“Infants, when they are first born, can only see about 8 to 10 inches away, about the distance of feeding with a bottle or breastfeeding,” she said. “It’s really important in that time that the parent is visually making eye contact with the baby because the baby will search out faces.
“If the parent is distracted, whether it’s TV, cellphone or working on a computer while nursing, I worry about those lost opportunities of interaction between the child and the parent.”
The American Academy of Pediatrics recommends that children younger than 2 have no screen time at all, Lowe said, which includes computers and TV, and when children get into preschool, parents and teachers should be mindful and intentional of any screen time.
“If a child’s going to get on the computer, what’s the purpose?” she said. “Is it a babysitter, is it an educational piece, is the parent or the teacher able to sit down and engage with the child with the technology? … Play and relationships are really vital for early development, and a computer is never going to replace that.”
A self-described “late adapter” to technological advancements, Schoeneman said he lives in a home without TV, Internet or even a cellphone. Admittedly biased about tech and its role in our lives, he said he’s mainly noticed the negative effects it has had on students in his classroom.
“The most obvious negative is the lessened attention spans,” he said. “During my lectures, students will furtively check their email under the desks and things like that. As far as literacy rates, it’s rather disturbing, and I attribute this to the multitude of screens that young people are exposed to every day.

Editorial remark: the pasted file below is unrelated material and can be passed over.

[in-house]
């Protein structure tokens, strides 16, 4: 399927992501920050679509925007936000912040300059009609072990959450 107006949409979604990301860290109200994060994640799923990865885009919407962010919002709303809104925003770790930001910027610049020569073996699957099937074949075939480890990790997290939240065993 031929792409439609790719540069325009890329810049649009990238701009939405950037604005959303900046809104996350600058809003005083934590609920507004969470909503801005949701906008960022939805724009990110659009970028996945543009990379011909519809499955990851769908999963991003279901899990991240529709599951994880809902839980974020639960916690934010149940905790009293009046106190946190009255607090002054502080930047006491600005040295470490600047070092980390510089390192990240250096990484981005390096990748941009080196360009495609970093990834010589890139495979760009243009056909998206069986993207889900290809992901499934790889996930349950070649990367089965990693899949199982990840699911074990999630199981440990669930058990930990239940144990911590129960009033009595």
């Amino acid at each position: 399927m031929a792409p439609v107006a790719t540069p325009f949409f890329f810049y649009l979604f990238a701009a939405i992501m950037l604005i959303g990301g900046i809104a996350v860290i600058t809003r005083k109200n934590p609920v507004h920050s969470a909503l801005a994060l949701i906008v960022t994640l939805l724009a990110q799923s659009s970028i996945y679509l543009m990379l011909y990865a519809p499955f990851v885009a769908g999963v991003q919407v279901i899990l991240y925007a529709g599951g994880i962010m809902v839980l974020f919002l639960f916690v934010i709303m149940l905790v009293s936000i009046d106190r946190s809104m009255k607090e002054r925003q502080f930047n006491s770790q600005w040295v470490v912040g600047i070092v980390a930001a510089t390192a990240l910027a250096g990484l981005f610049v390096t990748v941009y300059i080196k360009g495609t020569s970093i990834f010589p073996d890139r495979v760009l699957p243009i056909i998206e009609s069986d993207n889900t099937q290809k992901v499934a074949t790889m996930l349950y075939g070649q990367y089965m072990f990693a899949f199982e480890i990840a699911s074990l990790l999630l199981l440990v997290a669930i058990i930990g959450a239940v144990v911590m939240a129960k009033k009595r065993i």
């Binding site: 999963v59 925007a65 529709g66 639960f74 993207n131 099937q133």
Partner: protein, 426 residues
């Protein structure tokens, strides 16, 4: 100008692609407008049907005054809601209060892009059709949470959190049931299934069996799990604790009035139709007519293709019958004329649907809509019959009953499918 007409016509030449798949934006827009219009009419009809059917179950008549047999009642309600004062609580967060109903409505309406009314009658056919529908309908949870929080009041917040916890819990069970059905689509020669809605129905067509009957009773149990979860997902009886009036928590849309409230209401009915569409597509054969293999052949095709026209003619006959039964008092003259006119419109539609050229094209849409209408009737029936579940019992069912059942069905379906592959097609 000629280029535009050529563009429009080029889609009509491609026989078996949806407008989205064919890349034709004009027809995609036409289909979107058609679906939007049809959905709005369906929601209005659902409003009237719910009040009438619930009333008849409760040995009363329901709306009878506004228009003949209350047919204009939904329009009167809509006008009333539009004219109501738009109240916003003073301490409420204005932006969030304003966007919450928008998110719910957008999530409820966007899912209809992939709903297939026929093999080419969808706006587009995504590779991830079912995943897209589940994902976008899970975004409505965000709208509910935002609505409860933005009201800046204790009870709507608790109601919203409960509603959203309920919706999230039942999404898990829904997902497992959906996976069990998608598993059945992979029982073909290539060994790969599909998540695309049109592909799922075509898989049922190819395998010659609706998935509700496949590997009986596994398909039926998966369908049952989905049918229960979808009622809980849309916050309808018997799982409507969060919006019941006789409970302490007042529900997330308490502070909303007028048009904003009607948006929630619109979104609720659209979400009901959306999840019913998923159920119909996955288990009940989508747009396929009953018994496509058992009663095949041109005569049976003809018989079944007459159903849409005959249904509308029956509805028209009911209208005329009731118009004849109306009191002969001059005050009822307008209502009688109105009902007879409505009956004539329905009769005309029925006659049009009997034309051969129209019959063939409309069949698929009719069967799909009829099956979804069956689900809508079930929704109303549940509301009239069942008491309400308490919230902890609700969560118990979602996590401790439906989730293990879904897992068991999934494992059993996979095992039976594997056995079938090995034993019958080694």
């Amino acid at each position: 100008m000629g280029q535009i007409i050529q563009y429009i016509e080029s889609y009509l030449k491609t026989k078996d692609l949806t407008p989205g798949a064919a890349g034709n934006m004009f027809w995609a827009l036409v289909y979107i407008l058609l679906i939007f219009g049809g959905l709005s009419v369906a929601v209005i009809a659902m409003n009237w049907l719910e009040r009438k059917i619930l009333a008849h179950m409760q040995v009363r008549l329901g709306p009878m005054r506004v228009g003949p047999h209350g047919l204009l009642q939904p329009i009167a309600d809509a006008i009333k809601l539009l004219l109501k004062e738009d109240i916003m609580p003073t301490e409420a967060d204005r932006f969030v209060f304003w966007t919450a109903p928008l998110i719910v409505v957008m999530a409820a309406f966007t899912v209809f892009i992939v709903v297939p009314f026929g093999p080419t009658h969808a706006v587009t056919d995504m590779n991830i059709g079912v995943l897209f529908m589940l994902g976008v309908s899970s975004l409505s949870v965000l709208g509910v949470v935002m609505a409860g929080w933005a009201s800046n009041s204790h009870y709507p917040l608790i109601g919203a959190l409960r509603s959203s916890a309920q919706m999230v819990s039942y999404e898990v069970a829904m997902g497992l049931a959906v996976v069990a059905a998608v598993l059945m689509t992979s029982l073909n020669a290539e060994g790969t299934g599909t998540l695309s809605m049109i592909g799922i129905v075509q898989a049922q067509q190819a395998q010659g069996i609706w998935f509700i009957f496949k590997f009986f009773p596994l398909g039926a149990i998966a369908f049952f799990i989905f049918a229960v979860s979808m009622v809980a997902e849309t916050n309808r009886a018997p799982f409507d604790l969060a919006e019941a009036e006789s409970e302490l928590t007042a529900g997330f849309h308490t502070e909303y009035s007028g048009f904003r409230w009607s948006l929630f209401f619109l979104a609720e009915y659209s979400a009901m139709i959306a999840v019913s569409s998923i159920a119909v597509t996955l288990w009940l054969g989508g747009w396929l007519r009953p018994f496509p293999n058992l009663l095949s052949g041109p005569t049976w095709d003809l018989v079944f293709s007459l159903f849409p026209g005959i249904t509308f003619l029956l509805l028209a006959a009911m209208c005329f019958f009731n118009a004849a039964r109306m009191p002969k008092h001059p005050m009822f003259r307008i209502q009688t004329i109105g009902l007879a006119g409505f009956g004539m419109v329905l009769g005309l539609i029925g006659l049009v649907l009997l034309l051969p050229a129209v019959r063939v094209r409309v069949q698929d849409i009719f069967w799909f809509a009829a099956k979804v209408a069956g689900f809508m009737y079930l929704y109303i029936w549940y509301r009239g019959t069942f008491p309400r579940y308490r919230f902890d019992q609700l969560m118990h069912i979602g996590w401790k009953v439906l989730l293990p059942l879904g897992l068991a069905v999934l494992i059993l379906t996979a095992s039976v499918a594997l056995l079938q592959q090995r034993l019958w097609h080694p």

“When I ask them about literary references, what has affected them, and they’ll mostly refer to television and maybe movies that they’ve seen, which tells me that they just aren’t reading books anymore, the classics.”
Education has become more focused on the practical, which means incorporating technology at every turn, Schoeneman said, but it’s at the expense of other knowledge that doesn’t necessarily directly translate to earning potential.
“I think that in the home, perhaps parents are maybe instigating this or furthering this by them being on screens and children taking up the habit,” he said. “It’s hard to put a measure on the results. What is the different between having Shakespeare and not? That’s difficult to say.”
Technology is pervasive in our culture to the point of affecting our very notion of values, Schoeneman said, replacing solitude with constant connectivity and alienating those who choose not to embrace it.
“We’re up here in the mountains, where nature is just so beautiful, and I think people would rather play Angry Birds than look at the real birds that we have up here,” he said.